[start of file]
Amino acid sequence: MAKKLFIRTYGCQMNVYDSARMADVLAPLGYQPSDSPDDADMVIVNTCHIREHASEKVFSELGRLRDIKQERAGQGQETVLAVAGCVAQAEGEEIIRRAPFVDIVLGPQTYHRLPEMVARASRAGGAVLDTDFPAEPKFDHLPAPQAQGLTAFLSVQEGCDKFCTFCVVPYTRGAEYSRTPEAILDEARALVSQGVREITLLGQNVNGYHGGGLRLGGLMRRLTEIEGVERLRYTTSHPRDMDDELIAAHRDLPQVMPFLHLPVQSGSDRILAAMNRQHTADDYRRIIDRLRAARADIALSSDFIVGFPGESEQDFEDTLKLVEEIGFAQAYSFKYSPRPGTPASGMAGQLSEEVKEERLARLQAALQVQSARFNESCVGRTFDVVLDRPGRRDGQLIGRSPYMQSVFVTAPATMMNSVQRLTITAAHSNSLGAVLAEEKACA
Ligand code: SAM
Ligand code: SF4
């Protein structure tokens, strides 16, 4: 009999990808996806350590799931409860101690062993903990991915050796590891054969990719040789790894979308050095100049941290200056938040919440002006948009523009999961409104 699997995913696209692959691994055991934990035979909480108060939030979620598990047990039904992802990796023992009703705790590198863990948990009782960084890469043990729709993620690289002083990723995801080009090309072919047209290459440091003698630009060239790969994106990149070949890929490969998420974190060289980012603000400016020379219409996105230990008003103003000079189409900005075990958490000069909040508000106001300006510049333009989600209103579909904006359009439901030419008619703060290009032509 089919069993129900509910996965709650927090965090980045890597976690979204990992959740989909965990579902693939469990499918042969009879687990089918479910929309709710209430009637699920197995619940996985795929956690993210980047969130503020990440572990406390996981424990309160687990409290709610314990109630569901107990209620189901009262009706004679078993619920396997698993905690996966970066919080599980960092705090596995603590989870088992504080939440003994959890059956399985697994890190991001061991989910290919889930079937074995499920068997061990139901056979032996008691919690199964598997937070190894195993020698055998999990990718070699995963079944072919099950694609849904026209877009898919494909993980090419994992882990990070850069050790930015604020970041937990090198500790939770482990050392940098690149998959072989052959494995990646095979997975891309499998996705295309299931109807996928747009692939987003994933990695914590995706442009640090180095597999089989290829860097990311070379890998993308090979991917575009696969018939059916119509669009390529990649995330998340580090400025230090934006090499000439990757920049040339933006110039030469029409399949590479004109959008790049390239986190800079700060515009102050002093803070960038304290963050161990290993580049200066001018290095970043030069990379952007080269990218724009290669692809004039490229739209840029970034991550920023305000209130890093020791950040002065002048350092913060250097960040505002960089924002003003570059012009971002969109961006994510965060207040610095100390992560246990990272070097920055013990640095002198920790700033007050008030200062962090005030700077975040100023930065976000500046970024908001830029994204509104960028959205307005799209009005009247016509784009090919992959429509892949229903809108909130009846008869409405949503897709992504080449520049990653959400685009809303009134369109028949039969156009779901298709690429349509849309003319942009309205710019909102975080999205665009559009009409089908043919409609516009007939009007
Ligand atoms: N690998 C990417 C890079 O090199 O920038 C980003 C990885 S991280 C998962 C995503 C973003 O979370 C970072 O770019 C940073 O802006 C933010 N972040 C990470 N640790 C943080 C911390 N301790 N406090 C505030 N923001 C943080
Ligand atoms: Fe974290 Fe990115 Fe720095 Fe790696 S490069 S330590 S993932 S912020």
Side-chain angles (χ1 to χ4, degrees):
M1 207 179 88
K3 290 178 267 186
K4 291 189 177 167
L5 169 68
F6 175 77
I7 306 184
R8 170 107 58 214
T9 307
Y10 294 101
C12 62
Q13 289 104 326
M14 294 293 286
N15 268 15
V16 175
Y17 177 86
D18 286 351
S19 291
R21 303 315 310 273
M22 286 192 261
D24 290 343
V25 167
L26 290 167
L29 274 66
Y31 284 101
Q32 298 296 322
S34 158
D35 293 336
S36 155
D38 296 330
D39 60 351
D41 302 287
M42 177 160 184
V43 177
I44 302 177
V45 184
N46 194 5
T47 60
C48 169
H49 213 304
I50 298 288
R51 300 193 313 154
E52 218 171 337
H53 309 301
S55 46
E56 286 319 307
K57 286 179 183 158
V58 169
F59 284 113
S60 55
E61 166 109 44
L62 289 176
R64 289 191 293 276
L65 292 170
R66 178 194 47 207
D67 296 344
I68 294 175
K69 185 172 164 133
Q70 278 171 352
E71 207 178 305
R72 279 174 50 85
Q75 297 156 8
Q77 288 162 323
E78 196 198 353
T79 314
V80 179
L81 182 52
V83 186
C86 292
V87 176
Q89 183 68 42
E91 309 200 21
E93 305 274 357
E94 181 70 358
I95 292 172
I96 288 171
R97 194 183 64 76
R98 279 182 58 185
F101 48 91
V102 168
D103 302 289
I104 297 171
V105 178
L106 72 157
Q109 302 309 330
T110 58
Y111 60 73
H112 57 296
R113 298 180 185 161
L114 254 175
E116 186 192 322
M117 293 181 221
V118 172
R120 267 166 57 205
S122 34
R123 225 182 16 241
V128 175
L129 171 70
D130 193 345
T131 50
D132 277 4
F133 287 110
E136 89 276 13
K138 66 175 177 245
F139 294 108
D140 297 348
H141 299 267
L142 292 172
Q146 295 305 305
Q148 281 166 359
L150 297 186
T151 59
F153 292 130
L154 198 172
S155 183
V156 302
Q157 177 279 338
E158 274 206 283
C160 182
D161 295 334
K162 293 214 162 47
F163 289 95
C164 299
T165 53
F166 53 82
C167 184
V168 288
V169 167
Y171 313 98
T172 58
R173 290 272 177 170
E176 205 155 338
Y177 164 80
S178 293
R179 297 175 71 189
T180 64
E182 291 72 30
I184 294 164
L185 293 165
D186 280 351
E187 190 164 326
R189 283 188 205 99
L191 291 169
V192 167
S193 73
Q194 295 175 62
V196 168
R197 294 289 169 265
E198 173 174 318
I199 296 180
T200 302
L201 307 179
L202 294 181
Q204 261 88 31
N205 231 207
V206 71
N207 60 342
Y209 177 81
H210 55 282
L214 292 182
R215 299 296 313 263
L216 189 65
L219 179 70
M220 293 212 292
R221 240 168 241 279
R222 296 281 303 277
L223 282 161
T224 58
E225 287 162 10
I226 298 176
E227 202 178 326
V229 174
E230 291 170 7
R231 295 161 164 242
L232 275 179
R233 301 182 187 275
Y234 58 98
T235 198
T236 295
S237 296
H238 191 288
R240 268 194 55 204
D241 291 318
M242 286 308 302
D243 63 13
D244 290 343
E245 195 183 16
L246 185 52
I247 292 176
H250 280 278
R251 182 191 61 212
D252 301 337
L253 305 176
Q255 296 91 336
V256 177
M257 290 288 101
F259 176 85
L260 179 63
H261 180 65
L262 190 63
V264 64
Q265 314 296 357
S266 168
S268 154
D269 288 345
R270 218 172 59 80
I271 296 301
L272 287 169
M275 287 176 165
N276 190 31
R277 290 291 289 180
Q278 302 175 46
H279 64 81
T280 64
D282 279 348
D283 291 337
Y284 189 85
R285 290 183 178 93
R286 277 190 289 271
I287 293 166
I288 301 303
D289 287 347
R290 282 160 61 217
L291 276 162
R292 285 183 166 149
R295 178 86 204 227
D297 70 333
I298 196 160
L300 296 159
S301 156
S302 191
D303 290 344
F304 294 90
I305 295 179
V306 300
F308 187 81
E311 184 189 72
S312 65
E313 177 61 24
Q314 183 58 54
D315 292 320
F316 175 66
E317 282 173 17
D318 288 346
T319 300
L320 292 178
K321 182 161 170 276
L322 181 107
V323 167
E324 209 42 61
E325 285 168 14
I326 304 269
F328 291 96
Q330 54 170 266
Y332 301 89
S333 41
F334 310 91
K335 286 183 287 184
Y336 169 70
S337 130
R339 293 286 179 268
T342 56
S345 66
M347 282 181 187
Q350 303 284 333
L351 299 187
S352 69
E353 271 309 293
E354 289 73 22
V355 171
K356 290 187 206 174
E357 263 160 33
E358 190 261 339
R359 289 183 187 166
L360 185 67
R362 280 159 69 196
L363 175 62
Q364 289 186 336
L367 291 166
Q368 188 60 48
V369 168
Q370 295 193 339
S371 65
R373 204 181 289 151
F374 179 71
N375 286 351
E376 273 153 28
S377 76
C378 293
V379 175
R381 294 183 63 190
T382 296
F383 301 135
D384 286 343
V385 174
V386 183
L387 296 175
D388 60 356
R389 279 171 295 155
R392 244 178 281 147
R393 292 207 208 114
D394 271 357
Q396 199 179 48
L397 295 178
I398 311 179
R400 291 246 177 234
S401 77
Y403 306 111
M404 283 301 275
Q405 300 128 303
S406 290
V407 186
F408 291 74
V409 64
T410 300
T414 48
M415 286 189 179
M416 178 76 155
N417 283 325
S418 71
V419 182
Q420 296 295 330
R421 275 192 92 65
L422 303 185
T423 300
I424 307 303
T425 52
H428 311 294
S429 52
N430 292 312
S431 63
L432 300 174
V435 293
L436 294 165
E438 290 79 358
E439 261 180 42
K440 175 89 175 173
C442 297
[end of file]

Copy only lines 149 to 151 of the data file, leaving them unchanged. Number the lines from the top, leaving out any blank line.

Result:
L191 291 169
V192 167
S193 73